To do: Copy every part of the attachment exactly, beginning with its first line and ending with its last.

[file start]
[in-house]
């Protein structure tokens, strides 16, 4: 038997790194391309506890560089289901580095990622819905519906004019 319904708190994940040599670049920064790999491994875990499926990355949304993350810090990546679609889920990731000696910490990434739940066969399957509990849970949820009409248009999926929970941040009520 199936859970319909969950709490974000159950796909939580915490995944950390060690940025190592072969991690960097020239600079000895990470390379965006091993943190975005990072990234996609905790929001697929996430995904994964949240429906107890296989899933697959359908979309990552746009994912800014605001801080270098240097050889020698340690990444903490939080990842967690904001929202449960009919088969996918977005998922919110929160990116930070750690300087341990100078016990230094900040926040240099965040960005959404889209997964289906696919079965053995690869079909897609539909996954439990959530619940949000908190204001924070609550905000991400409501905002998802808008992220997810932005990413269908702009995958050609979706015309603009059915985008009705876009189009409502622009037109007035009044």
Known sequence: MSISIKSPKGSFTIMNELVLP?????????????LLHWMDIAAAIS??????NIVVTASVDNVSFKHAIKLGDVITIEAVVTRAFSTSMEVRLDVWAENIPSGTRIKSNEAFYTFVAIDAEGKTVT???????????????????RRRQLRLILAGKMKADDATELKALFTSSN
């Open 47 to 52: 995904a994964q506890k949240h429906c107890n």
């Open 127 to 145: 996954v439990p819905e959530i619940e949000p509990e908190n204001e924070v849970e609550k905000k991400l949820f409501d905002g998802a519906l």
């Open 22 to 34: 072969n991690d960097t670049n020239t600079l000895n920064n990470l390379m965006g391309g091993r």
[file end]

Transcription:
[in-house]
């Protein structure tokens, strides 16, 4: 038997790194391309506890560089289901580095990622819905519906004019 319904708190994940040599670049920064790999491994875990499926990355949304993350810090990546679609889920990731000696910490990434739940066969399957509990849970949820009409248009999926929970941040009520 199936859970319909969950709490974000159950796909939580915490995944950390060690940025190592072969991690960097020239600079000895990470390379965006091993943190975005990072990234996609905790929001697929996430995904994964949240429906107890296989899933697959359908979309990552746009994912800014605001801080270098240097050889020698340690990444903490939080990842967690904001929202449960009919088969996918977005998922919110929160990116930070750690300087341990100078016990230094900040926040240099965040960005959404889209997964289906696919079965053995690869079909897609539909996954439990959530619940949000908190204001924070609550905000991400409501905002998802808008992220997810932005990413269908702009995958050609979706015309603009059915985008009705876009189009409502622009037109007035009044």
Known sequence: MSISIKSPKGSFTIMNELVLP?????????????LLHWMDIAAAIS??????NIVVTASVDNVSFKHAIKLGDVITIEAVVTRAFSTSMEVRLDVWAENIPSGTRIKSNEAFYTFVAIDAEGKTVT???????????????????RRRQLRLILAGKMKADDATELKALFTSSN
């Open 47 to 52: 995904a994964q506890k949240h429906c107890n």
């Open 127 to 145: 996954v439990p819905e959530i619940e949000p509990e908190n204001e924070v849970e609550k905000k991400l949820f409501d905002g998802a519906l």
């Open 22 to 34: 072969n991690d960097t670049n020239t600079l000895n920064n990470l390379m965006g391309g091993r």